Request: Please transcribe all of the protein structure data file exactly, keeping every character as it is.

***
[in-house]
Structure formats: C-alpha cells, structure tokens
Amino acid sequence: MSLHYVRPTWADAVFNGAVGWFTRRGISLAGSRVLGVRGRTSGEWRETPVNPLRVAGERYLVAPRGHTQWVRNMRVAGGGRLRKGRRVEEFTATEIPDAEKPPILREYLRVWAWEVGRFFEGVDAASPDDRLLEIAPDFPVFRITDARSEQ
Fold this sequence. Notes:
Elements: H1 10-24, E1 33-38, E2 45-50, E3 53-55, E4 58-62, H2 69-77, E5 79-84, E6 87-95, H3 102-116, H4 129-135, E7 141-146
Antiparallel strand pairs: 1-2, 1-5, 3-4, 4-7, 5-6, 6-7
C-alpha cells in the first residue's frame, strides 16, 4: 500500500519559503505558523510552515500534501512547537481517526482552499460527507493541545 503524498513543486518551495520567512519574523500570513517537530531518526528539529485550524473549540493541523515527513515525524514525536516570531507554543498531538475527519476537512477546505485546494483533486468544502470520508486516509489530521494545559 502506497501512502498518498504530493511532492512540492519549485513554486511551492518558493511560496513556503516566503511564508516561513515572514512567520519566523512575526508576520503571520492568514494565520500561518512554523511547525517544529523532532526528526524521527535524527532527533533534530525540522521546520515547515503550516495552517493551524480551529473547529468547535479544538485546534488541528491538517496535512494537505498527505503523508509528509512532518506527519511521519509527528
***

[in-house]
Structure formats: C-alpha cells, structure tokens
Amino acid sequence: MSLHYVRPTWADAVFNGAVGWFTRRGISLAGSRVLGVRGRTSGEWRETPVNPLRVAGERYLVAPRGHTQWVRNMRVAGGGRLRKGRRVEEFTATEIPDAEKPPILREYLRVWAWEVGRFFEGVDAASPDDRLLEIAPDFPVFRITDARSEQ
Fold this sequence. Notes:
Elements: H1 10-24, E1 33-38, E2 45-50, E3 53-55, E4 58-62, H2 69-77, E5 79-84, E6 87-95, H3 102-116, H4 129-135, E7 141-146
Antiparallel strand pairs: 1-2, 1-5, 3-4, 4-7, 5-6, 6-7
C-alpha cells in the first residue's frame, strides 16, 4: 500500500519559503505558523510552515500534501512547537481517526482552499460527507493541545 503524498513543486518551495520567512519574523500570513517537530531518526528539529485550524473549540493541523515527513515525524514525536516570531507554543498531538475527519476537512477546505485546494483533486468544502470520508486516509489530521494545559 502506497501512502498518498504530493511532492512540492519549485513554486511551492518558493511560496513556503516566503511564508516561513515572514512567520519566523512575526508576520503571520492568514494565520500561518512554523511547525517544529523532532526528526524521527535524527532527533533534530525540522521546520515547515503550516495552517493551524480551529473547529468547535479544538485546534488541528491538517496535512494537505498527505503523508509528509512532518506527519511521519509527528